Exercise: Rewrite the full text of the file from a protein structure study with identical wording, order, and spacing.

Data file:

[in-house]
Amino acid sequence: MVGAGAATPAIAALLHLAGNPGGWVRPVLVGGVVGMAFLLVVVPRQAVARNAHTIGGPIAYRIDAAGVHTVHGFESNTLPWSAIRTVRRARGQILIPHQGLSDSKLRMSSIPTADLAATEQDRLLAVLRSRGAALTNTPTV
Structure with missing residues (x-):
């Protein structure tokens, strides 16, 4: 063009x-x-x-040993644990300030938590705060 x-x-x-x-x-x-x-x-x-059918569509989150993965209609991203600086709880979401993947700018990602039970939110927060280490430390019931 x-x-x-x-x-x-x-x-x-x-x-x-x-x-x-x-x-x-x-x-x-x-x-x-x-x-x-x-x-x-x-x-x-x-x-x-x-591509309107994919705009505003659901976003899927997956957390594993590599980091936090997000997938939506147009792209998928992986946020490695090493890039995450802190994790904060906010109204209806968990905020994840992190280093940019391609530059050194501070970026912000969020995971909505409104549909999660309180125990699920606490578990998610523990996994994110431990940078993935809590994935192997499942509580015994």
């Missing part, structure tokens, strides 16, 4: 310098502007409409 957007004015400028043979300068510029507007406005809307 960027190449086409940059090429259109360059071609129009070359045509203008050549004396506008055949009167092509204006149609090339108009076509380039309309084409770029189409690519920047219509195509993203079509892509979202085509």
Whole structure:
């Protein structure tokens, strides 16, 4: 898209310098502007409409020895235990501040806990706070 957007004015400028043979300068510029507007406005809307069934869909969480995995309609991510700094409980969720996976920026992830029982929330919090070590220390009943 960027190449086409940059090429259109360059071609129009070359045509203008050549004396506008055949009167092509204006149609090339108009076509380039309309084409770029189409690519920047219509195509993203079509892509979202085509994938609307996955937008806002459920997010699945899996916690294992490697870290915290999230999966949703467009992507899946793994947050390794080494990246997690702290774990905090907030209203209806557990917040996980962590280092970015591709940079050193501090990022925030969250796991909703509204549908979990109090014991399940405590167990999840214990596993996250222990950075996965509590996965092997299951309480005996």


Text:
[in-house]
Amino acid sequence: MVGAGAATPAIAALLHLAGNPGGWVRPVLVGGVVGMAFLLVVVPRQAVARNAHTIGGPIAYRIDAAGVHTVHGFESNTLPWSAIRTVRRARGQILIPHQGLSDSKLRMSSIPTADLAATEQDRLLAVLRSRGAALTNTPTV
Structure with missing residues (x-):
């Protein structure tokens, strides 16, 4: 063009x-x-x-040993644990300030938590705060 x-x-x-x-x-x-x-x-x-059918569509989150993965209609991203600086709880979401993947700018990602039970939110927060280490430390019931 x-x-x-x-x-x-x-x-x-x-x-x-x-x-x-x-x-x-x-x-x-x-x-x-x-x-x-x-x-x-x-x-x-x-x-x-x-591509309107994919705009505003659901976003899927997956957390594993590599980091936090997000997938939506147009792209998928992986946020490695090493890039995450802190994790904060906010109204209806968990905020994840992190280093940019391609530059050194501070970026912000969020995971909505409104549909999660309180125990699920606490578990998610523990996994994110431990940078993935809590994935192997499942509580015994």
């Missing part, structure tokens, strides 16, 4: 310098502007409409 957007004015400028043979300068510029507007406005809307 960027190449086409940059090429259109360059071609129009070359045509203008050549004396506008055949009167092509204006149609090339108009076509380039309309084409770029189409690519920047219509195509993203079509892509979202085509």
Whole structure:
């Protein structure tokens, strides 16, 4: 898209310098502007409409020895235990501040806990706070 957007004015400028043979300068510029507007406005809307069934869909969480995995309609991510700094409980969720996976920026992830029982929330919090070590220390009943 960027190449086409940059090429259109360059071609129009070359045509203008050549004396506008055949009167092509204006149609090339108009076509380039309309084409770029189409690519920047219509195509993203079509892509979202085509994938609307996955937008806002459920997010699945899996916690294992490697870290915290999230999966949703467009992507899946793994947050390794080494990246997690702290774990905090907030209203209806557990917040996980962590280092970015591709940079050193501090990022925030969250796991909703509204549908979990109090014991399940405590167990999840214990596993996250222990950075996965509590996965092997299951309480005996």